Ruby Tuesday filed for Chapter 11 bankruptcy protection on Wednesday and announced that it will be permanently closing 185 restaurants.
The restaurant chain said the challenges that it and other sit-down dining chains have battled in recent years have only been exacerbated by the pandemic. The company said it remains hopeful that its restructuring efforts will help it bounce back.
“This announcement does not mean ‘Goodbye, Ruby Tuesday,'" CEO Shawn Lederman said in a statement. "Today’s actions will allow us an opportunity to reposition the company for long-term stability as we recover from the unprecedented impact of COVID-19."
Impact of COVID-19
The pandemic has had a drastic impact on Ruby Tuesday’s operations. Previously, 90 percent of its sales came from dine-in business.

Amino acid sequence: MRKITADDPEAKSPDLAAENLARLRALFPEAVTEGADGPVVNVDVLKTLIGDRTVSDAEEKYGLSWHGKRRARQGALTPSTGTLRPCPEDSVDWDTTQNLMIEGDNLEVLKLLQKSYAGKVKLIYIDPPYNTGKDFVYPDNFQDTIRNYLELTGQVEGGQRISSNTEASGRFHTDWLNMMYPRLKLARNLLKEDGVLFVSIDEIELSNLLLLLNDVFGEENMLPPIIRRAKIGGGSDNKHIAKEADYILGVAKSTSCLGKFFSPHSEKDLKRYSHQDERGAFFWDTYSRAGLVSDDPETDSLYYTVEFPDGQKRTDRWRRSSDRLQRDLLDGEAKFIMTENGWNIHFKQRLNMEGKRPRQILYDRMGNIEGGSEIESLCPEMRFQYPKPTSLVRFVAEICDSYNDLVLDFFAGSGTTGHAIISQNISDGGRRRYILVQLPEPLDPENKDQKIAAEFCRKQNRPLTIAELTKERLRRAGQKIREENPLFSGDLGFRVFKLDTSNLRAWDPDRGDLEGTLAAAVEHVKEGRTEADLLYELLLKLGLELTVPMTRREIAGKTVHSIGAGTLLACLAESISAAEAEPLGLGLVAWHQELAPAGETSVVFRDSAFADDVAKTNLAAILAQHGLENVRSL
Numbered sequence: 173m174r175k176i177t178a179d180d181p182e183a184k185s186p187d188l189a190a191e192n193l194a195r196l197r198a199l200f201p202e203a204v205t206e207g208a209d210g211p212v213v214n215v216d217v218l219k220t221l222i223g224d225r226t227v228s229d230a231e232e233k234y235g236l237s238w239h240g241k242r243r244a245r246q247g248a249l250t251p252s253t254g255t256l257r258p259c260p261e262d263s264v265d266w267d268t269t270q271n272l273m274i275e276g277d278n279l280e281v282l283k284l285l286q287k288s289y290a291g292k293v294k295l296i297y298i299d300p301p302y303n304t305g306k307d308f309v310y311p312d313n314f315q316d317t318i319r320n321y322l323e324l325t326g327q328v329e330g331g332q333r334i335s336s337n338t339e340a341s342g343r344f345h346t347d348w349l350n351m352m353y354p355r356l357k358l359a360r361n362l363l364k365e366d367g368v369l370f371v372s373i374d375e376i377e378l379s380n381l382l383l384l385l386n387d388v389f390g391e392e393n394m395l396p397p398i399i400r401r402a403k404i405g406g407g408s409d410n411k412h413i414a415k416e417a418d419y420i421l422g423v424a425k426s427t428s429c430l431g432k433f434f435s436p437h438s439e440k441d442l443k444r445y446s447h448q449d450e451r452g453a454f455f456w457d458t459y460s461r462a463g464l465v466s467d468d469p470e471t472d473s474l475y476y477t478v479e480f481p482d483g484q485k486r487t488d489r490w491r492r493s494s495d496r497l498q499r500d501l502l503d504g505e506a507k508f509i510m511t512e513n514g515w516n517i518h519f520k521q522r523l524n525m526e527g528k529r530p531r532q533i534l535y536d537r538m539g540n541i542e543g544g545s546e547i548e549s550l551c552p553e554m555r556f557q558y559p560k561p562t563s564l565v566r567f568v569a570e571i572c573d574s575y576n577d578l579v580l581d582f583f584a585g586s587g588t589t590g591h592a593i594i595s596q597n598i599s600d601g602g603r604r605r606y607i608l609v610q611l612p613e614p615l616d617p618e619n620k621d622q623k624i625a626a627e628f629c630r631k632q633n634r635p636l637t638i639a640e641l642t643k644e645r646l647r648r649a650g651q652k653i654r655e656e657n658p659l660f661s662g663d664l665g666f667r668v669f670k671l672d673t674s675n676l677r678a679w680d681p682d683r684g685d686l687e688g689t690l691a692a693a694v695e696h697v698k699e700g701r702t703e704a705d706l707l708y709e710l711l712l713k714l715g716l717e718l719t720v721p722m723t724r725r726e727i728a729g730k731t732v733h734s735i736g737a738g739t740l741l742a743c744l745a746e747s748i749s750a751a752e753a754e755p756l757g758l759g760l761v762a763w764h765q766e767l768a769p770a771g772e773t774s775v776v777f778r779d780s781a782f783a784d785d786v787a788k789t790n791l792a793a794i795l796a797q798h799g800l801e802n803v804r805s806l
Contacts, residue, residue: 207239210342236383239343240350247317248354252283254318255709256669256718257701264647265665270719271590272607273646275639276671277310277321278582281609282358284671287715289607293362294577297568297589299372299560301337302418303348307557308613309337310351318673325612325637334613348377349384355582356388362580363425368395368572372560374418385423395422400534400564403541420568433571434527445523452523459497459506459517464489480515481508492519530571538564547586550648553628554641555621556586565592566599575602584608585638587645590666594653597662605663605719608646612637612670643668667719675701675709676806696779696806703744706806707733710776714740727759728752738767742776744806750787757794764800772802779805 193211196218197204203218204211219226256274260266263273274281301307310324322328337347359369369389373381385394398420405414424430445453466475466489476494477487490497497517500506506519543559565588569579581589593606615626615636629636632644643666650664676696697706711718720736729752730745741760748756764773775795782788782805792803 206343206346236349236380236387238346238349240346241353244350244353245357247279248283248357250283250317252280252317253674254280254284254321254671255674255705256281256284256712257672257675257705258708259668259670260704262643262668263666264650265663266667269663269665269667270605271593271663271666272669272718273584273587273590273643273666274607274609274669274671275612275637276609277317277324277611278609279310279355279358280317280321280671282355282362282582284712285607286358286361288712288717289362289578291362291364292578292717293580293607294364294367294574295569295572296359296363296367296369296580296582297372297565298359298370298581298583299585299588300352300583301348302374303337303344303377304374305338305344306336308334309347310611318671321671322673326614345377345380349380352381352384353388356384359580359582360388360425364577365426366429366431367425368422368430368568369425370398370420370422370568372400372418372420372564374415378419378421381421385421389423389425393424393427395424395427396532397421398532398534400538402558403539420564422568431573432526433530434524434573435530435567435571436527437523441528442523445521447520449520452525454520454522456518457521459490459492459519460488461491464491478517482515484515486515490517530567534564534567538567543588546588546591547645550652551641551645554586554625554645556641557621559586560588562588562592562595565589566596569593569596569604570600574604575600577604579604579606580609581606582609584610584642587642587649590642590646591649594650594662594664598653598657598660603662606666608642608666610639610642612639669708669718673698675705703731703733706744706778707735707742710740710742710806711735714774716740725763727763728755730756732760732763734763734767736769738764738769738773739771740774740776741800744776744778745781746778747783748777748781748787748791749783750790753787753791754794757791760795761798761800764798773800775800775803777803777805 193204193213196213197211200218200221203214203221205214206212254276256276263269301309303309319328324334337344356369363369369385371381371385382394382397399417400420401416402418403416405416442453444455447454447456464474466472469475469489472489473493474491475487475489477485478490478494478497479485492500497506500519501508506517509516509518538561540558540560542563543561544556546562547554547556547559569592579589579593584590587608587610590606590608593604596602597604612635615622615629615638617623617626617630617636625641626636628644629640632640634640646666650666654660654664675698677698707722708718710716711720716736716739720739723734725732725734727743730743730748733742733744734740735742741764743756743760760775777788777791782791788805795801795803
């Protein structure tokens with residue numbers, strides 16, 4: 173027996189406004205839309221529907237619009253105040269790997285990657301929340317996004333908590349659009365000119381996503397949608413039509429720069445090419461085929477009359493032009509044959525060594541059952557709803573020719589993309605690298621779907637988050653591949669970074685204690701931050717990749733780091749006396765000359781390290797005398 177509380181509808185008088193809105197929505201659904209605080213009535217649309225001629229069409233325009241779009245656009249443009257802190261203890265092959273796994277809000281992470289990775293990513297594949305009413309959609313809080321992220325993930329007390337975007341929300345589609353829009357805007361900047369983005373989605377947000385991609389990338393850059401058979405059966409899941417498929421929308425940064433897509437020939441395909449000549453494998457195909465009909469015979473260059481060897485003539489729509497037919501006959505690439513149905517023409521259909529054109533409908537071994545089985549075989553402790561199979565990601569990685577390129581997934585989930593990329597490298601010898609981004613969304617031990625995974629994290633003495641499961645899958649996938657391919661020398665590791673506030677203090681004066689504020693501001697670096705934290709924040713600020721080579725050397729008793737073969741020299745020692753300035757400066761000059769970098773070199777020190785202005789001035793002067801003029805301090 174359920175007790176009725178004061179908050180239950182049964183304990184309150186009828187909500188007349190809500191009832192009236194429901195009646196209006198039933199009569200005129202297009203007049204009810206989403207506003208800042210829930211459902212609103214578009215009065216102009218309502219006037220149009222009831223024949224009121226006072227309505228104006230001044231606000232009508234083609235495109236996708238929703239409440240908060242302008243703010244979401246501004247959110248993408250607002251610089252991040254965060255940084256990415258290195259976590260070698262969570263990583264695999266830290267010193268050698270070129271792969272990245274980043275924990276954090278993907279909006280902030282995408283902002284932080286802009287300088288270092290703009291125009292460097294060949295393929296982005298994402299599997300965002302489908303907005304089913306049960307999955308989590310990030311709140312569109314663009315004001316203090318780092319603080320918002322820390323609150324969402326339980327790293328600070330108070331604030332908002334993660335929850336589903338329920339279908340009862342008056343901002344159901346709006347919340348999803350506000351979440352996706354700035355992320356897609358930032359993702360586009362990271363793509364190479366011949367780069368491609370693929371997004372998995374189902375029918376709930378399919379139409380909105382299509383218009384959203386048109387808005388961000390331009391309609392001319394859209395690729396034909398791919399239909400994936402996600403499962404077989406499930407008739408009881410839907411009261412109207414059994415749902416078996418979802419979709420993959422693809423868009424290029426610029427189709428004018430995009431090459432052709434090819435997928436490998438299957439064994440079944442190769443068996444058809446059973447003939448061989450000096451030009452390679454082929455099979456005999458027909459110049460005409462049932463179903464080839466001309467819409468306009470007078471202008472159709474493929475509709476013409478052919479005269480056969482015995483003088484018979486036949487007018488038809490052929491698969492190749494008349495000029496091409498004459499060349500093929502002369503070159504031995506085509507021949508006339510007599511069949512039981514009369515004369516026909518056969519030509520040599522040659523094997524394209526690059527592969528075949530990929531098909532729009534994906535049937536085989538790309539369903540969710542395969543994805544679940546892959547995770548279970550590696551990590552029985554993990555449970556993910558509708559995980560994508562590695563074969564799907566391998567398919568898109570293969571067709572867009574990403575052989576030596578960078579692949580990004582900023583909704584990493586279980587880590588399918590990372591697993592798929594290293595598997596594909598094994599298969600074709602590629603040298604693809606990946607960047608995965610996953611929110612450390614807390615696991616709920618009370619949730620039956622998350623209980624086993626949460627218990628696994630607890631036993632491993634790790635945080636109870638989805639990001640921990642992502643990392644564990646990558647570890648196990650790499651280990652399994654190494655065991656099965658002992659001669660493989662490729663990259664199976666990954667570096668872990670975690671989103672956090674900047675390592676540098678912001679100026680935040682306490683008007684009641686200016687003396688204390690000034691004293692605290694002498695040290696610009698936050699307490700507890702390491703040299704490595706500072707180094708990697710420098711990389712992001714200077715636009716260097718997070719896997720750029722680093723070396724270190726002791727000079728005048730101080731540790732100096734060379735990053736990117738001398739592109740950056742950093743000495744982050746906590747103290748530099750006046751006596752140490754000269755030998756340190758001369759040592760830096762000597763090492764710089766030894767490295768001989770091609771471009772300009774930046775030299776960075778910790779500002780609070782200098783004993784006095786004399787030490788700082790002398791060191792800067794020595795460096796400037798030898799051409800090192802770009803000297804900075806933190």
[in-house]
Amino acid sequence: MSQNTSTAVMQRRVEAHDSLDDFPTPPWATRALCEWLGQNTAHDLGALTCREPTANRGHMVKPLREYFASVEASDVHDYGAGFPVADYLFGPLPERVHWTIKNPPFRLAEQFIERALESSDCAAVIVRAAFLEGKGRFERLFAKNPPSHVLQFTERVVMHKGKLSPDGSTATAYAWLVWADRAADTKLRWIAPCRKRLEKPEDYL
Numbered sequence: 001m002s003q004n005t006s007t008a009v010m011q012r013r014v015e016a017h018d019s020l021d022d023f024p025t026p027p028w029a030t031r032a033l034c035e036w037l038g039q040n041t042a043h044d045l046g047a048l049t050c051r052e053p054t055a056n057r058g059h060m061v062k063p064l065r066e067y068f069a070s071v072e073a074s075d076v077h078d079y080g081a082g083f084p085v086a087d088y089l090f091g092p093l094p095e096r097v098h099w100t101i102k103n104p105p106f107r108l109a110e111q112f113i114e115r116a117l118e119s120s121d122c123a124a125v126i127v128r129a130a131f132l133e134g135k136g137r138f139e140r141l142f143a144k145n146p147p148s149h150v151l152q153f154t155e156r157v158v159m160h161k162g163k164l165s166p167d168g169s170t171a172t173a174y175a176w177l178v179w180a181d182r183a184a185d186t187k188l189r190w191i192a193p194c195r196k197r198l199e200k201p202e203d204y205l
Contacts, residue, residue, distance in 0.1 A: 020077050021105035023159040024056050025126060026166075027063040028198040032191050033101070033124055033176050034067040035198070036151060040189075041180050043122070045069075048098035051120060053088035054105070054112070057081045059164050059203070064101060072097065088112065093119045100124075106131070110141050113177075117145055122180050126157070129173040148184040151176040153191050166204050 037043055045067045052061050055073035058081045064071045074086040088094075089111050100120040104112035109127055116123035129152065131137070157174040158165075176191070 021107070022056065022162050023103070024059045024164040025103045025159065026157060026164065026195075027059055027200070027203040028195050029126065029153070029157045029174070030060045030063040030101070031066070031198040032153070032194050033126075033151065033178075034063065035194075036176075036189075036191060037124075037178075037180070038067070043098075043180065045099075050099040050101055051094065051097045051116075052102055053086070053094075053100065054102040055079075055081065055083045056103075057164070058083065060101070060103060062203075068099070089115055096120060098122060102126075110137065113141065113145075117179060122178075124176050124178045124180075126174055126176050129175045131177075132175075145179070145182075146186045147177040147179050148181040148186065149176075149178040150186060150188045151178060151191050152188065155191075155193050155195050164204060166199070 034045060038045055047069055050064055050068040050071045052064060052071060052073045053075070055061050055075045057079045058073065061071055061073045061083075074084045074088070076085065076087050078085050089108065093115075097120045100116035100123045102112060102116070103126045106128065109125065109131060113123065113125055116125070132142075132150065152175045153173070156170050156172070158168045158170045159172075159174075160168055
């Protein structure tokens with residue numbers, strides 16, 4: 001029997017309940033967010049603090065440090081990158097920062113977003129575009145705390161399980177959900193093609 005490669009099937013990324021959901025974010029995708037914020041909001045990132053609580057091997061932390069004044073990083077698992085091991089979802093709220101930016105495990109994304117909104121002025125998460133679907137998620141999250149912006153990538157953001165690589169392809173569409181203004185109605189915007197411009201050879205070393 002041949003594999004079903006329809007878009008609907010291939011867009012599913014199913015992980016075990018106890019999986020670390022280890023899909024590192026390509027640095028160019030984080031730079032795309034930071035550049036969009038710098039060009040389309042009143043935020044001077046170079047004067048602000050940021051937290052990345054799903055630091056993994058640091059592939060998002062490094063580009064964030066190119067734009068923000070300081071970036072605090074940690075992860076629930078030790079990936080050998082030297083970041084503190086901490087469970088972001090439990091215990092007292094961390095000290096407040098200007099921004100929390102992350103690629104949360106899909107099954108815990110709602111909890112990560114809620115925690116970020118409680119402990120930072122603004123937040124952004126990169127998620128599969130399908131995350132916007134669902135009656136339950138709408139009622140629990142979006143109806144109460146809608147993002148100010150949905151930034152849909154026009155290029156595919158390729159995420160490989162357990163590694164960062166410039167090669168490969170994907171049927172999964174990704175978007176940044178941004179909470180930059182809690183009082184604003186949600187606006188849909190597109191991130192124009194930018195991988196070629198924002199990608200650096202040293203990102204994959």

While other restaurant chains swiftly implemented new COVID-19 protocols, Ruby Tuesday wasn’t as quick to do so. The company’s efforts to adapt to the current conditions included launching “virtual kitchens,” expanding delivery and takeout, and selling raw food on its website.
But Lederman said sales have remained poor, especially at the chain’s mall locations. In a court filing, Lederman said that the company was “not immune to the overall shift in customer spending from casual dining to fast food and fast casual.”
Ruby Tuesday said it has "reached an understanding with its secured lenders to support its restructuring." After closing 185 restaurants, the chain will have 236 remaining company-owned and operated locations.
The company has nearly $43 million in senior debt. In 2020, Ruby Tuesday tried to avoid bankruptcy by renegotiating leases and loan agreements and cutting corporate costs, according to a court filing.